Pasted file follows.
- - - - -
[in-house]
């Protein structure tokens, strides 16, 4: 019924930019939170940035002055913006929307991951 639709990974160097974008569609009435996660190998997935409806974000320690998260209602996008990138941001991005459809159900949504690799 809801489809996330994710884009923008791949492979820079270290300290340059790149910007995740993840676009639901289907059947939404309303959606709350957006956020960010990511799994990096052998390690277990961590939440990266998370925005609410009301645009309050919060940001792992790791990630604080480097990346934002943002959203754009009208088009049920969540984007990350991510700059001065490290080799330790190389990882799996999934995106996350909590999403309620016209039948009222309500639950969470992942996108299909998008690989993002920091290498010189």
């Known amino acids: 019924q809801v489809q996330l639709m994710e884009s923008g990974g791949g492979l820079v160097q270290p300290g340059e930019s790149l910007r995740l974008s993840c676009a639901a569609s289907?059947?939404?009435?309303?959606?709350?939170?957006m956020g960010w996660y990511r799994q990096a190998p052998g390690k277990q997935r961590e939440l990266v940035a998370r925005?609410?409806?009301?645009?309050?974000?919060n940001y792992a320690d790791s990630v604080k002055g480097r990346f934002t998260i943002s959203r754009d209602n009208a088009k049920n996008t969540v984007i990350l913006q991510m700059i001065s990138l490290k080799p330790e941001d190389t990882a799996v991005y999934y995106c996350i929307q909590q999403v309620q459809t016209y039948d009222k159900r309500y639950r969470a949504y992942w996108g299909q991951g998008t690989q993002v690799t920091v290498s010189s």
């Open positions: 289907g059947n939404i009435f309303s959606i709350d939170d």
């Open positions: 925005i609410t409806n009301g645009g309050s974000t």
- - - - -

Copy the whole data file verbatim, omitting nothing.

[in-house]
């Protein structure tokens, strides 16, 4: 019924930019939170940035002055913006929307991951 639709990974160097974008569609009435996660190998997935409806974000320690998260209602996008990138941001991005459809159900949504690799 809801489809996330994710884009923008791949492979820079270290300290340059790149910007995740993840676009639901289907059947939404309303959606709350957006956020960010990511799994990096052998390690277990961590939440990266998370925005609410009301645009309050919060940001792992790791990630604080480097990346934002943002959203754009009208088009049920969540984007990350991510700059001065490290080799330790190389990882799996999934995106996350909590999403309620016209039948009222309500639950969470992942996108299909998008690989993002920091290498010189």
């Known amino acids: 019924q809801v489809q996330l639709m994710e884009s923008g990974g791949g492979l820079v160097q270290p300290g340059e930019s790149l910007r995740l974008s993840c676009a639901a569609s289907?059947?939404?009435?309303?959606?709350?939170?957006m956020g960010w996660y990511r799994q990096a190998p052998g390690k277990q997935r961590e939440l990266v940035a998370r925005?609410?409806?009301?645009?309050?974000?919060n940001y792992a320690d790791s990630v604080k002055g480097r990346f934002t998260i943002s959203r754009d209602n009208a088009k049920n996008t969540v984007i990350l913006q991510m700059i001065s990138l490290k080799p330790e941001d190389t990882a799996v991005y999934y995106c996350i929307q909590q999403v309620q459809t016209y039948d009222k159900r309500y639950r969470a949504y992942w996108g299909q991951g998008t690989q993002v690799t920091v290498s010189s």
């Open positions: 289907g059947n939404i009435f309303s959606i709350d939170d």
């Open positions: 925005i609410t409806n009301g645009g309050s974000t």